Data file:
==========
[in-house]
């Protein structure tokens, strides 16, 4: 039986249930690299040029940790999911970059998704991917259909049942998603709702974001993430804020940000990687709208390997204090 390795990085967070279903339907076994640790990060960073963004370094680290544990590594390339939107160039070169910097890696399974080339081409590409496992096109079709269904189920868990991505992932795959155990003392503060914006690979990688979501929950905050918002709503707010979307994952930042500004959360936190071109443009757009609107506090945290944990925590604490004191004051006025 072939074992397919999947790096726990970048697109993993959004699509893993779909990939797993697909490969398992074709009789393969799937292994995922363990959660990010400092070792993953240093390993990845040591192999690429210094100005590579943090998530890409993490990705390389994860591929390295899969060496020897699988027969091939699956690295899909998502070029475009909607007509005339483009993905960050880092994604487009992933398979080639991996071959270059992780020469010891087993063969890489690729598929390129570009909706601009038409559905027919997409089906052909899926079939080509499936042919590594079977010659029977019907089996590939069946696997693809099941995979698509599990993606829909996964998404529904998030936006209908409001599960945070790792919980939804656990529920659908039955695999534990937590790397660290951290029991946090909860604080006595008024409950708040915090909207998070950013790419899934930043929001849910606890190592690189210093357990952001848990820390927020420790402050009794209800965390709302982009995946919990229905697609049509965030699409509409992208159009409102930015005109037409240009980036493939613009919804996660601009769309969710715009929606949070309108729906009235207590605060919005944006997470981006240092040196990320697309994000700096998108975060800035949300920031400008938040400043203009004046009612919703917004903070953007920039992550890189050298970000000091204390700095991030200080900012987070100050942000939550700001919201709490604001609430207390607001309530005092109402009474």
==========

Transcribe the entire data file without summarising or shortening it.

[in-house]
């Protein structure tokens, strides 16, 4: 039986249930690299040029940790999911970059998704991917259909049942998603709702974001993430804020940000990687709208390997204090 390795990085967070279903339907076994640790990060960073963004370094680290544990590594390339939107160039070169910097890696399974080339081409590409496992096109079709269904189920868990991505992932795959155990003392503060914006690979990688979501929950905050918002709503707010979307994952930042500004959360936190071109443009757009609107506090945290944990925590604490004191004051006025 072939074992397919999947790096726990970048697109993993959004699509893993779909990939797993697909490969398992074709009789393969799937292994995922363990959660990010400092070792993953240093390993990845040591192999690429210094100005590579943090998530890409993490990705390389994860591929390295899969060496020897699988027969091939699956690295899909998502070029475009909607007509005339483009993905960050880092994604487009992933398979080639991996071959270059992780020469010891087993063969890489690729598929390129570009909706601009038409559905027919997409089906052909899926079939080509499936042919590594079977010659029977019907089996590939069946696997693809099941995979698509599990993606829909996964998404529904998030936006209908409001599960945070790792919980939804656990529920659908039955695999534990937590790397660290951290029991946090909860604080006595008024409950708040915090909207998070950013790419899934930043929001849910606890190592690189210093357990952001848990820390927020420790402050009794209800965390709302982009995946919990229905697609049509965030699409509409992208159009409102930015005109037409240009980036493939613009919804996660601009769309969710715009929606949070309108729906009235207590605060919005944006997470981006240092040196990320697309994000700096998108975060800035949300920031400008938040400043203009004046009612919703917004903070953007920039992550890189050298970000000091204390700095991030200080900012987070100050942000939550700001919201709490604001609430207390607001309530005092109402009474």